The use of hospital observation instead of hospital admission is becoming increasingly common for Medicare beneficiaries; however, it may mean unexpectedly higher out-of-pocket costs.
The use of hospital observation instead of hospital admission is becoming increasingly common for Medicare beneficiaries; however, it may mean higher out-of-pocket costs as hospital observation stays are not covered by Medicare Part A.
A study published in the Journal of Hospital Medicine used a 20% sample of the Medicare Outpatient Standard Analytic File (2010-2012) and sought to answer the question: Do Medicare beneficiaries who revisit observation care pay more than they would have had they been readmitted?
“As observation care grows, Medicare beneficiaries are increasingly likely to revisit observation care instead of being readmitted,” the authors wrote. “This trend has potential financial implications for Medicare beneficiaries because observation care—although typically hospital based—is classified as an outpatient service.”
They used the data to determine the total cumulative financial liability for Medicare beneficiaries who revisit observation care multiple times during a 60-day period. On average, these beneficiaries had a cumulative liability of $947.40. While this financial amount is significantly below the $1100 inpatient deductible, the researchers found that more than one-fourth (26.6%) of beneficiaries had a financial liability that exceeded the inpatient deductible.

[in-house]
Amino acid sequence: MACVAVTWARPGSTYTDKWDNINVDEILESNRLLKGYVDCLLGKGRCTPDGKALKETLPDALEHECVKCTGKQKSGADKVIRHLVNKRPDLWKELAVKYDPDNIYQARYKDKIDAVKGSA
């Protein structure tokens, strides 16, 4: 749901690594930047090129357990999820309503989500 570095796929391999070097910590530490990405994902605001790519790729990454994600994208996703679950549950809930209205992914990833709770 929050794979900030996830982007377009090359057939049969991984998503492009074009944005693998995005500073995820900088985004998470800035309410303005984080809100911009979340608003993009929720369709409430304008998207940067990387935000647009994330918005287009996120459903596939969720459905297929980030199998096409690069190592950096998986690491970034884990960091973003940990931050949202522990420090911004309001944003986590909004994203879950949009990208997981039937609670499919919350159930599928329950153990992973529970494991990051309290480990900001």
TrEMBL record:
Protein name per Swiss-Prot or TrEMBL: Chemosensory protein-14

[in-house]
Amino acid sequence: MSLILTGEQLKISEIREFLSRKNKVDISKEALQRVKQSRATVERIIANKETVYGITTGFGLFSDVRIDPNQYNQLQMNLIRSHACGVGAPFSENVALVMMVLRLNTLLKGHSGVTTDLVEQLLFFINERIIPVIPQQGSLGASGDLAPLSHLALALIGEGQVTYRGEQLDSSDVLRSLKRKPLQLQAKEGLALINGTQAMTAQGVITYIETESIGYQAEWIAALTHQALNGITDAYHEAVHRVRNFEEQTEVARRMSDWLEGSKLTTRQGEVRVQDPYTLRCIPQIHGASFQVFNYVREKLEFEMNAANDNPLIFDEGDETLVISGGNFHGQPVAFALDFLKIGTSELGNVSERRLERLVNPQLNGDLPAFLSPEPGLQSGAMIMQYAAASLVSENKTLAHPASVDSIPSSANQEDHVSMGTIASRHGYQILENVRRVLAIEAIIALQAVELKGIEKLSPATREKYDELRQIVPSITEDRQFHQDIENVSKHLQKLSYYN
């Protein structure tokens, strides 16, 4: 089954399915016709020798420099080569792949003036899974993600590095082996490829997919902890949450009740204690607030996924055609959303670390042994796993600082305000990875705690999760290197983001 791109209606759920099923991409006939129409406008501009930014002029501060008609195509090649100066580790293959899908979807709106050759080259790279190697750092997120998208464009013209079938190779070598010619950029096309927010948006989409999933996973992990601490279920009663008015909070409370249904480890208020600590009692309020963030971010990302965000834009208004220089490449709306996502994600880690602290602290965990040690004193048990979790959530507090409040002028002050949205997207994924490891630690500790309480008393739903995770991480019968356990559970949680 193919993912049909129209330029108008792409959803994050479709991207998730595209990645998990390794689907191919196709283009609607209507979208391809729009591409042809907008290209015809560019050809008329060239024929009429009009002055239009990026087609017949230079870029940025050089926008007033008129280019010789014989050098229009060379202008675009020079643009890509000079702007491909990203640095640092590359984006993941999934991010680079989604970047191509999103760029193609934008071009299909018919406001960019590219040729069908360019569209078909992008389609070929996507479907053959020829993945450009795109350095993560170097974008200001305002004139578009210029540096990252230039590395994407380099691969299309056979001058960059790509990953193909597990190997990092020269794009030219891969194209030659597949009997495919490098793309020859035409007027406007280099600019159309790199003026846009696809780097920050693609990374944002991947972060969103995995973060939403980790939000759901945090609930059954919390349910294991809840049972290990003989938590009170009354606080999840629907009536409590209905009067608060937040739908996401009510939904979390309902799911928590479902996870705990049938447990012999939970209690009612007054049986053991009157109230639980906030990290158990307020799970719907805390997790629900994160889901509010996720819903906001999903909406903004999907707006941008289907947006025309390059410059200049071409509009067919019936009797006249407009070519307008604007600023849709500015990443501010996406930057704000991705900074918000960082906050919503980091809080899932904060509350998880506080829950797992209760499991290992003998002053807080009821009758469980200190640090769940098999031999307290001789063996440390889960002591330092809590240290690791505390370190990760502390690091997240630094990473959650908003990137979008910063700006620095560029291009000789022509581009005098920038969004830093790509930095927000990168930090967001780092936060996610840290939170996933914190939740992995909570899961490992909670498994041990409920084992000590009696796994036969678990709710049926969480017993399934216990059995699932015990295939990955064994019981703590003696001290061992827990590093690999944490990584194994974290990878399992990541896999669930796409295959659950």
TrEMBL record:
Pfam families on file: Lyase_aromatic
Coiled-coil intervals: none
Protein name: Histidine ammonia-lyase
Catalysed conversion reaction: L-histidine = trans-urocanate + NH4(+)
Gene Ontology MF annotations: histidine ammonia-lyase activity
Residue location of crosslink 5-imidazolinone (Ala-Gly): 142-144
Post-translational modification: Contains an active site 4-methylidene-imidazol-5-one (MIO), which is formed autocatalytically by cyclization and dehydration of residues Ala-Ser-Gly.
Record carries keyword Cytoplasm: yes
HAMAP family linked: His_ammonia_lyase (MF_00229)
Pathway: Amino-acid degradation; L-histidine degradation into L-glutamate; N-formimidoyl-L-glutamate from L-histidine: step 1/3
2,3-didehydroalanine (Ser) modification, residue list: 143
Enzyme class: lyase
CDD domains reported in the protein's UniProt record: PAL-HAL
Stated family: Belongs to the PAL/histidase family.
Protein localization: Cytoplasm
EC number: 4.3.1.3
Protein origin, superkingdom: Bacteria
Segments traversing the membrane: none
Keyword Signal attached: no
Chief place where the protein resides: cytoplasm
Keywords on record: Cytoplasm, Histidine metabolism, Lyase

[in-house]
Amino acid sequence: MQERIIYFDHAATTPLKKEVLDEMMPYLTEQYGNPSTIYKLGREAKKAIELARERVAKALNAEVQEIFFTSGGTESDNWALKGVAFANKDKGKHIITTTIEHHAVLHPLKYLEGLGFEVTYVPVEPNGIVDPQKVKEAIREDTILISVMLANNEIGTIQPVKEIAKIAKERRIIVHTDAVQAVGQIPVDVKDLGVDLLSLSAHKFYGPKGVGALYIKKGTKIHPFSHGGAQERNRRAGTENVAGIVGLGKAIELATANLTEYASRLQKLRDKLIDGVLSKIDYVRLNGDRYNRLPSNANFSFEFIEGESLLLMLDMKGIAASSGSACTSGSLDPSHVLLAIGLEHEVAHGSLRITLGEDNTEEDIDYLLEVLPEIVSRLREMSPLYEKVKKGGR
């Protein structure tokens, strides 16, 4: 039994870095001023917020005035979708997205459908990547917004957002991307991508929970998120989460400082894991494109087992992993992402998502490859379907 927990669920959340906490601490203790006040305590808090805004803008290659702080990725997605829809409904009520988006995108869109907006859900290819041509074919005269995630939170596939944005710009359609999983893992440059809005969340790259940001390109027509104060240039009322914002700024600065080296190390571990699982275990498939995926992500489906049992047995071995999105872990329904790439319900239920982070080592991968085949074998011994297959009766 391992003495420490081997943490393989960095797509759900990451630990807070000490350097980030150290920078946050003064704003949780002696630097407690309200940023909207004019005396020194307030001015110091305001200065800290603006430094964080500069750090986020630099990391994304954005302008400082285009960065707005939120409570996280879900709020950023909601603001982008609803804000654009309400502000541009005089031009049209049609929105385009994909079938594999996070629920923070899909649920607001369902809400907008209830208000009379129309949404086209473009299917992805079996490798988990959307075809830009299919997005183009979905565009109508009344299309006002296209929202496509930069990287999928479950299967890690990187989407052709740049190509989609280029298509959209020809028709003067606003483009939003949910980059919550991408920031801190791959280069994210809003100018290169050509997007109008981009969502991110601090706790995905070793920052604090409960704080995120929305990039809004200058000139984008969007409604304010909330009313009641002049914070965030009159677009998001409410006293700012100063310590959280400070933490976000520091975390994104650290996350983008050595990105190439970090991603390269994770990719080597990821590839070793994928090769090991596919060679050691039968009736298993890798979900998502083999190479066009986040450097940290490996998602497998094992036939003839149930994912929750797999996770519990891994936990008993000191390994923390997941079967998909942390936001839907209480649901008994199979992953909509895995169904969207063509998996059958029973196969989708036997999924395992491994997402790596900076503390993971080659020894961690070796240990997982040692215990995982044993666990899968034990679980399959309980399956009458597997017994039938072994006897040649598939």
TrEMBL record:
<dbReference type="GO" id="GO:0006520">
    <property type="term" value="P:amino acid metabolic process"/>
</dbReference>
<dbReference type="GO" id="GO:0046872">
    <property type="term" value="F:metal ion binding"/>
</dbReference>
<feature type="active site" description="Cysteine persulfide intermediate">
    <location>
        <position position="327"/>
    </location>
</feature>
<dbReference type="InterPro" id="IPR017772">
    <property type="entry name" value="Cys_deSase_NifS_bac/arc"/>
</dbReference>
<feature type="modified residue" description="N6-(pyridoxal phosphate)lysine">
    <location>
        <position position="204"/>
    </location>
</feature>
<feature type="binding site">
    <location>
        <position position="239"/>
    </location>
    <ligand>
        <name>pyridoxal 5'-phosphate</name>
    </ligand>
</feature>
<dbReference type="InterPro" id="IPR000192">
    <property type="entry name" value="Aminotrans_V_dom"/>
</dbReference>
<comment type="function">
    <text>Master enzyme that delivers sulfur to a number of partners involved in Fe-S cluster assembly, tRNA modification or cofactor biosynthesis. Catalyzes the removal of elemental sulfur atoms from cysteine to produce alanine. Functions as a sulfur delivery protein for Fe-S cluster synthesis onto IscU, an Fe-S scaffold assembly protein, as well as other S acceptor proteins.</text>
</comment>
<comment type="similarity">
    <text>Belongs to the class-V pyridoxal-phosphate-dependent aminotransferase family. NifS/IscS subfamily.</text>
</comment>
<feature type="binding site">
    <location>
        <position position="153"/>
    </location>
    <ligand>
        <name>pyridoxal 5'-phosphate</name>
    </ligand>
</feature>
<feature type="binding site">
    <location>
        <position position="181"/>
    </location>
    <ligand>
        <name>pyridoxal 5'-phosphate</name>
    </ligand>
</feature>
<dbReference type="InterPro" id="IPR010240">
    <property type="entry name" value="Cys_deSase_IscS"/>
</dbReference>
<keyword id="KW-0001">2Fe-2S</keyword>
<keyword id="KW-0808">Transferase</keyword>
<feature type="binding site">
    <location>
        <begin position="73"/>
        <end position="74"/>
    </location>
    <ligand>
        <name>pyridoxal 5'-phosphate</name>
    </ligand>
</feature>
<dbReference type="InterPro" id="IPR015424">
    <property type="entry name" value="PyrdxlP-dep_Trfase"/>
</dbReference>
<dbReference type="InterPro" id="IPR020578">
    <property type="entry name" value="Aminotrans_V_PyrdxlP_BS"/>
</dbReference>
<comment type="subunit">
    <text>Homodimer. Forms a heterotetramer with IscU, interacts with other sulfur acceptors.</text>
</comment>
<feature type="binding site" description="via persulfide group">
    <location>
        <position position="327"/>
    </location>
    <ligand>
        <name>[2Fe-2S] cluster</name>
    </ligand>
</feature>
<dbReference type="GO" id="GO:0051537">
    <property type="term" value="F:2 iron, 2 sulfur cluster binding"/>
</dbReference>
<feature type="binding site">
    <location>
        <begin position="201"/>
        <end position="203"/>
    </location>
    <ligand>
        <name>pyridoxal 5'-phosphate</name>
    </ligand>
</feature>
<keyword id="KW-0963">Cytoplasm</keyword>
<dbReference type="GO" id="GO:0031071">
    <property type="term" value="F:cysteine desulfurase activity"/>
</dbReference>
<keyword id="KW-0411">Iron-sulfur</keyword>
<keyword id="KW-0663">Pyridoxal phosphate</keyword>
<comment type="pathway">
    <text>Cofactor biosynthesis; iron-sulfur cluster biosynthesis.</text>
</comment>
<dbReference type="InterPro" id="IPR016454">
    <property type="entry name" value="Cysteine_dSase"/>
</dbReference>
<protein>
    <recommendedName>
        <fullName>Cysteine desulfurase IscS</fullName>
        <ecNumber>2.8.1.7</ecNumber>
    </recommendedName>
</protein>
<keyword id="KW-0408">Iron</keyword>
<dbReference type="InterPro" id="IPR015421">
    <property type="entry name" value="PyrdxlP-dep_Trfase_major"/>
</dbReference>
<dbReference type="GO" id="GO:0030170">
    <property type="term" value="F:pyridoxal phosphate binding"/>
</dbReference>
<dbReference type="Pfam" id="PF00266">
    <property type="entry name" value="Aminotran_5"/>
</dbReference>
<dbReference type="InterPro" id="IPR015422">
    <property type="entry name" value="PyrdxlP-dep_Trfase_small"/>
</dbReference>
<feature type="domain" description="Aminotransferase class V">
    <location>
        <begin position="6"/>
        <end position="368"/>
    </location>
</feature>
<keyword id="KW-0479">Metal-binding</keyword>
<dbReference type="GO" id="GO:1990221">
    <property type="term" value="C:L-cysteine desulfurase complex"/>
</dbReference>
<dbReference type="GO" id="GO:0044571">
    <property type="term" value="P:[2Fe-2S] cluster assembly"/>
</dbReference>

Observation care is usually less expensive than inpatient admission, but beneficiaries lack protection from financial liabilities that can accumulate over multiple visits. Since observation is considered an outpatient service, it is covered by Medicare Part B and not subject to Medicare Part A inpatient deductible. Even if there are readmissions, the Part A deductible is only paid once in a 60-day period.
Only a few states require that patients be notified in writing about their observation status, while in the rest of the country patients are unaware until the bill arrives.
The authors noted that these findings shed light on 3 main causes for concern: Medicare beneficiaries who return to the hospital frequently are typically of lower socioeconomic status and may be more affected by increased liability compared with the general beneficiary population; patients have little control over whether they are classified as observation or inpatients; and between 2010 and 2012 the number of patients with multiple visits increased 22%.
“This means the problem of excess cumulative financial liability is likely to be increasingly common over the coming years,” they wrote.